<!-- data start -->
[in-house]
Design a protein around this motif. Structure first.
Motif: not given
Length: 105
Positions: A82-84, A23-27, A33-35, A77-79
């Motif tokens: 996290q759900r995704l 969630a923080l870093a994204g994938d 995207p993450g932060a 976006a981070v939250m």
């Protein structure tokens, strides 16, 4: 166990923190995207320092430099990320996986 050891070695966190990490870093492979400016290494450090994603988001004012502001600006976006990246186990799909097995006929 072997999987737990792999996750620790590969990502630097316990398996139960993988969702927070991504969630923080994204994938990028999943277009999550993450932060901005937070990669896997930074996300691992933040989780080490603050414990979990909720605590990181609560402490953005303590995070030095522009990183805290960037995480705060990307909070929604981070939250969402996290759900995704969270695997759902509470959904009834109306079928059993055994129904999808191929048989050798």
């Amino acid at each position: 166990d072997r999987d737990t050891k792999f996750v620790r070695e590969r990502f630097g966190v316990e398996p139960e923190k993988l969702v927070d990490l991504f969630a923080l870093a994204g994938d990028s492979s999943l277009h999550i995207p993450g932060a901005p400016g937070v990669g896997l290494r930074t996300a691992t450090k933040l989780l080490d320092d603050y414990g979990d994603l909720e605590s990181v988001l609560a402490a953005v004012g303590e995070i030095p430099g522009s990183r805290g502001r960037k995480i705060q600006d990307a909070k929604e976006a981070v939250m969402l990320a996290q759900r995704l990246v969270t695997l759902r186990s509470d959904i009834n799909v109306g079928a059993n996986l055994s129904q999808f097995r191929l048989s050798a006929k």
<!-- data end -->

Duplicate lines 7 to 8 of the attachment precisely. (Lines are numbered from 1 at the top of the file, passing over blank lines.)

């Protein structure tokens, strides 16, 4: 166990923190995207320092430099990320996986 050891070695966190990490870093492979400016290494450090994603988001004012502001600006976006990246186990799909097995006929 072997999987737990792999996750620790590969990502630097316990398996139960993988969702927070991504969630923080994204994938990028999943277009999550993450932060901005937070990669896997930074996300691992933040989780080490603050414990979990909720605590990181609560402490953005303590995070030095522009990183805290960037995480705060990307909070929604981070939250969402996290759900995704969270695997759902509470959904009834109306079928059993055994129904999808191929048989050798």
């Amino acid at each position: 166990d072997r999987d737990t050891k792999f996750v620790r070695e590969r990502f630097g966190v316990e398996p139960e923190k993988l969702v927070d990490l991504f969630a923080l870093a994204g994938d990028s492979s999943l277009h999550i995207p993450g932060a901005p400016g937070v990669g896997l290494r930074t996300a691992t450090k933040l989780l080490d320092d603050y414990g979990d994603l909720e605590s990181v988001l609560a402490a953005v004012g303590e995070i030095p430099g522009s990183r805290g502001r960037k995480i705060q600006d990307a909070k929604e976006a981070v939250m969402l990320a996290q759900r995704l990246v969270t695997l759902r186990s509470d959904i009834n799909v109306g079928a059993n996986l055994s129904q999808f097995r191929l048989s050798a006929k």